25 in 25 #22 08/03/2014 Verizon Wireless Amphitheatre at Encore Park, Alpharetta, GA (Christopher Bentley, @Phishpoint0)
Selection: “Chalk Dust Torture>Scents and Subtle Sounds”
I was very excited to participate in @LawnMemo’s 25 in 25. Reading the reviews always provides a quantitative countdown to those coveted first notes and helps curb my bubbling anticipation. This year I jumped at the opportunity to write about 08/03/2014 from Alpharetta. I chose this show because I feel if I was going to write about Phish then Atlanta is where I’m most qualified. I’ve been fortunate not to miss a Phish show in Atlanta since the reuniting. I saw the famed”Harpua > Killing in the Name”, the rainstorm “Mound”, and the “Heartbreaker” show. While this particular night may not be as memorable as those, it does provide quality Phish.
We start with a setlist resembling a Northeast date rather than the safety blanket sets we often times see in the South. Hearing “Pebbles”, “Vultures”, “Fast Enough for You,” and “Taste” in a set was surprising. One or two of those maybe, but all four was a welcomed treat. I suppose it had something to do with the free webcast and being the tour closer. No complaints! “Gumbo” provided the first real jam and they closed the set with the ever-popular “Suzy Greenberg,” leaving us itching for second set. Following the too long beer and bathroom lines that is set break we are greeted with a brief “Call to the Post” tease from Trey signaling us to strap up our dancing shoes as the band fires into “Chalk Dust Torture.”
This is the song that embodies the very spirit of Phish and its devotees with its mantra, “Can I live while I’m young?” It is perfect as the second set opener. It has so many facets. It can deliver punchy rock and roll, machine gun Trey, bliss Phish or simply stellar improvisation. All are good. All are different. This night delivered on most of those.
Coming out of the composed section Fish and Mike hold the beat together while Trey and Page toy with a new direction until around 5:50 when they all decide collectively it’s time to leave the conventional world of “Chalk Dust.” We begin to venture into the unknown. We briefly descend downwards until everyone is locked in and Trey begins to sore beautiful licks over the top. The tempo builds momentarily but doesn’t materialize. They level off and drift back down. At this point we are fully submersed in Type II improv.
The four continue at a steady pace until Page overlays haunting organ effects before a captivating melody at 9:58, which Trey picks up on immediately and plays a rhythmic accompaniment. The group begins to build, thanks to the metronome that is Jon Fishman. It sounds like the tension is about to pop as we build to climax but it never quite makes it. We level off around 11:17 with an energy driven jam that Trey decides to harmonize over. The kind of effortless complexity that keeps us surprised, though we’ve heard it countless times. The remainder of the song would be the closest thing we would get to full peaks, sadly. It starts to wind down with an interesting section of Trey and Page sharing riffs until 13:29 when Trey gives a note signaling that it’s time to transition into “Scents and Subtle Sounds.”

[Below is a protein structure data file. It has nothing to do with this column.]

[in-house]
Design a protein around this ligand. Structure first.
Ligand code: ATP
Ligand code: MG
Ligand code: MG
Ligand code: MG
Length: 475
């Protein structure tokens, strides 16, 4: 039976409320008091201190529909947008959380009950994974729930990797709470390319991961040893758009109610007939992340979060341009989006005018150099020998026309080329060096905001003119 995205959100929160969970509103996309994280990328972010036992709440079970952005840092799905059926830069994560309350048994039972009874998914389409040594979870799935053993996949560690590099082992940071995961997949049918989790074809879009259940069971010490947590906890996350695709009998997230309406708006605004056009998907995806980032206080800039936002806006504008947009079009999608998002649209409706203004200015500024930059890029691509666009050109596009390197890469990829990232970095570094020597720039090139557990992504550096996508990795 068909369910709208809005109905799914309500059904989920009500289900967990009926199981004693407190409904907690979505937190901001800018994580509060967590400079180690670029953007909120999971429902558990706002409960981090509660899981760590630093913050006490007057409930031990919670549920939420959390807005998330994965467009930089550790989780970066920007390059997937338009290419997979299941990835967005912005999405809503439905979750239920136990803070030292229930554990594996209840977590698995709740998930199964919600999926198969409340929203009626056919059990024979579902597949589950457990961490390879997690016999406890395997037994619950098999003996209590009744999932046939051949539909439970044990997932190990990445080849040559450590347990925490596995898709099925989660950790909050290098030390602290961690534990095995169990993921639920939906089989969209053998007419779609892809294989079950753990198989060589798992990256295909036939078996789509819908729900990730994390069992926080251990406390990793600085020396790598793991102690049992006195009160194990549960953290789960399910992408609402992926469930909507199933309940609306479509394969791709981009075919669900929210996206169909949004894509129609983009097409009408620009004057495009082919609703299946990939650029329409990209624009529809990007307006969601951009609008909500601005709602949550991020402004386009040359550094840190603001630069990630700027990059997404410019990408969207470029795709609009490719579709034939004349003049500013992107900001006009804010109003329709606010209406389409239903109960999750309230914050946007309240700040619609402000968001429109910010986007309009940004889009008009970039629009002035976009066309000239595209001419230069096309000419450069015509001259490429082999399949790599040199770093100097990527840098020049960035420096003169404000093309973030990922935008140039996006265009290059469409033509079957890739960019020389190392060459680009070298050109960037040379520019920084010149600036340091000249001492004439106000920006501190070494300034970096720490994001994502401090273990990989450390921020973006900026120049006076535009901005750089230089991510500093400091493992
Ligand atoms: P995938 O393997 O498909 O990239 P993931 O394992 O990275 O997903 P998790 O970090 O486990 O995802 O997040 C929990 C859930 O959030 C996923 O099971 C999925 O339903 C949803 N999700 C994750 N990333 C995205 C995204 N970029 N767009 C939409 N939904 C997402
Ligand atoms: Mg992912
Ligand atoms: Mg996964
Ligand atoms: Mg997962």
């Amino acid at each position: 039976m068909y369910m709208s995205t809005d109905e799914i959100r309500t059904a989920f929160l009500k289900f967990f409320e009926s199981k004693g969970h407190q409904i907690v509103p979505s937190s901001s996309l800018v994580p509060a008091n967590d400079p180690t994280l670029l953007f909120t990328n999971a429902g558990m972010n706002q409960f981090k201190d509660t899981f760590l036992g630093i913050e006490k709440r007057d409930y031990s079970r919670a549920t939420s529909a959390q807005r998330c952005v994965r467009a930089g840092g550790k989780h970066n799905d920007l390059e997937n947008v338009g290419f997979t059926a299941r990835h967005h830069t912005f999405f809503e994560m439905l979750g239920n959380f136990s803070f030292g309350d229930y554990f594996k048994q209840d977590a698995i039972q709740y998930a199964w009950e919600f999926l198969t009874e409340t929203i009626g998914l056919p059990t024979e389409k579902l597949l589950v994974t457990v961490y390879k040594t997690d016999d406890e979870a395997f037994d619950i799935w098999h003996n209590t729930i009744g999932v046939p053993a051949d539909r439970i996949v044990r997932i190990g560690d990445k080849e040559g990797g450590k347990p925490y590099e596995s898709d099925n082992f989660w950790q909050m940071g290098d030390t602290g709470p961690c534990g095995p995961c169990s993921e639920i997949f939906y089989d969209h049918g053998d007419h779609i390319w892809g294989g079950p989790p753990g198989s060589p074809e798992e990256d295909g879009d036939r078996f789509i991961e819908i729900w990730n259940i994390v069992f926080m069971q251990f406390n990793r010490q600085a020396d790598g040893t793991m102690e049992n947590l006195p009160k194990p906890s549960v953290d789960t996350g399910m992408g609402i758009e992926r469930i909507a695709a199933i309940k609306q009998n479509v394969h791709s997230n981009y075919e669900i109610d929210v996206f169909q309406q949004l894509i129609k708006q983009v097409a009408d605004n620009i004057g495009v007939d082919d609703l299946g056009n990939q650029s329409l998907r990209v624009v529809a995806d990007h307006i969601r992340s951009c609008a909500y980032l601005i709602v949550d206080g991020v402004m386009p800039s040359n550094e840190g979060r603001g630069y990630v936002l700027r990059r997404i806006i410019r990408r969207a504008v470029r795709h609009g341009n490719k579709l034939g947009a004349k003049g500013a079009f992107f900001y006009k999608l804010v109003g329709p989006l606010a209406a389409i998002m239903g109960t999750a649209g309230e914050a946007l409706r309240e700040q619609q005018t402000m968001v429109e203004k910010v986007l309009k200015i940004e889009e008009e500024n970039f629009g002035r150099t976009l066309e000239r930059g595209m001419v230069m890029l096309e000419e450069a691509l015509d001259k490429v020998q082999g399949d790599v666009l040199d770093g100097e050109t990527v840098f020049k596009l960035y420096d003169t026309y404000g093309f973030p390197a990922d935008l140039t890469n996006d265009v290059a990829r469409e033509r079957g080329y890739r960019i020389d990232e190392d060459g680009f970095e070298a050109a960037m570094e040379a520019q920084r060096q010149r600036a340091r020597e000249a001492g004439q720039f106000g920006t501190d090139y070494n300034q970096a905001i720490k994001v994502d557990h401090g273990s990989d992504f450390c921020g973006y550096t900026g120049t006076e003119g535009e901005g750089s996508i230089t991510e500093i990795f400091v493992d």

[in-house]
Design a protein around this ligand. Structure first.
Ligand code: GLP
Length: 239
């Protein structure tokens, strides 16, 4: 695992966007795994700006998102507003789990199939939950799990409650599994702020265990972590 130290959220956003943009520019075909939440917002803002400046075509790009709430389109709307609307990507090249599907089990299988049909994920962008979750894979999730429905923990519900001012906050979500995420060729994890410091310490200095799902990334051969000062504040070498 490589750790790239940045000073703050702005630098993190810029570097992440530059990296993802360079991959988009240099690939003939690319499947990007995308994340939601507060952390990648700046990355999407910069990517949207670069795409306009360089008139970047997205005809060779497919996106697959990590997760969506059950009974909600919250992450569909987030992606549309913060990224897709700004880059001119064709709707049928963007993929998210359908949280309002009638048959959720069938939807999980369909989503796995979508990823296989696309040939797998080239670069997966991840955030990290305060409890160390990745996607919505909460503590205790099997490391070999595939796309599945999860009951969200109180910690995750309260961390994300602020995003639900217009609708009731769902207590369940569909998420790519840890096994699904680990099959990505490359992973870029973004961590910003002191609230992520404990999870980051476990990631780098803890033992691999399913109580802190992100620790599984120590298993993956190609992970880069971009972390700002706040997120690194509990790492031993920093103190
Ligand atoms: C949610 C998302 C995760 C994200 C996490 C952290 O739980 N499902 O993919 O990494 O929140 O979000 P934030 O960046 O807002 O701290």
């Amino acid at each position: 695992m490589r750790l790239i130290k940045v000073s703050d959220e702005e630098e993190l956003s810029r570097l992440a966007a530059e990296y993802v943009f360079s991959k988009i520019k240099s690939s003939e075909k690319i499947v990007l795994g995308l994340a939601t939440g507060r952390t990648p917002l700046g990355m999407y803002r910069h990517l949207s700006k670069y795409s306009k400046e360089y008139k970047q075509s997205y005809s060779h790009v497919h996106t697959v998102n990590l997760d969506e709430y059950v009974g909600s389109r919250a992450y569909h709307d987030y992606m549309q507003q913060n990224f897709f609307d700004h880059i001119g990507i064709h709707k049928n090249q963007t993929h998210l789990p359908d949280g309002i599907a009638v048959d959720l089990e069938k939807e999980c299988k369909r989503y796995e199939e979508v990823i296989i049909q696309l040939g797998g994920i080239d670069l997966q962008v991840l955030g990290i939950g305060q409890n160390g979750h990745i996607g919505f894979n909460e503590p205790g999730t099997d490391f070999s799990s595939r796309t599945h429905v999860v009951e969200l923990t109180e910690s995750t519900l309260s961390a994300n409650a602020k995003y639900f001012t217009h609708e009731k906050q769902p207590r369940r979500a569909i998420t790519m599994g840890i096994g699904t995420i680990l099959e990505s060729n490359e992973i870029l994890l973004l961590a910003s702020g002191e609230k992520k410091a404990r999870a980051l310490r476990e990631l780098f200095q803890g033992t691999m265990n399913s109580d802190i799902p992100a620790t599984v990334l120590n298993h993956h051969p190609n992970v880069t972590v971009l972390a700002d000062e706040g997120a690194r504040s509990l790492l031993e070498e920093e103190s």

The transition is nearly seamless, clearly planned. There is no intro, but considering the song has only been played 4 times since reuniting, and 19 times total, I’ll take it happily. This is a beautiful song that doesn’t get nearly enough play. The composition is well executed and breathes a breath of fresh air into the venue. The gorgeous jam that follows is light, crisp, and lifts the audience into a dream-trance. Some songs are made to play outdoors and “Scents” fits that like no other in the Phish catalog. It truly captures the vastness of your surroundings and encourages you to take in the scents, the sounds, and the beauty of the moment. We wait patiently as the four men drift us through a heightened since of awareness, memories of Superball flood my mind, and as soon as it starts, it ends. Trey slides into the second set reliability of “Twist”. The crowd erupts ecstatically. A few are left to wonder what “CDT>Scents” could have really wielded. The stage had been set for something truly special. But, I guess that is why we keep coming back?
For a lot of us Phish is a living breathing organism in our life’s, well beyond what the majority of our friends and family can or will every comprehend. We’ve all had the pleasure to see the band redevelop itself as an industry standard (though the Grateful Dead still draws nearly 375,000 people for a 5 day tour) over the last six years. There have certainly been growing pains with ups and downs. Every year seems like another mark on the doorframe of Phish’s bedroom. They continue to grow, evolve, and reinvent.
I’d like to thank @LawnMemo for letting me participate in this year’s 25 in 25. It’s great for the community, and in the spirit of Phish, it is inclusive. I’d also like to send a big thank you to all the strange Vermonter’s who thought watching the local bar band jump on trampolines was cool. Without your foresight to recognize greatness we wouldn’t have Phish, this community, or the friends we’ve made along the way. I can’t wait to see what is in store for this summer. I’ll see you at Lakewood!
About Me: I live in a world surrounded by WSP Panics, Atlanta. I try to show them the light but they never listen. I saw my first show on 6/10/2009 in Knoxville, TN. I sat one row from the wall straight away center in a HUGE indoor venue. I couldn’t have been further from the stage. It was awesome. I’ve been hooked ever since. My favorite “Ghost” is 12/31/10. I’m biased, I was there. My friend snuck an entire Camelbak bladder of Gentleman Jack into MSG after telling security it was his colostomy bag.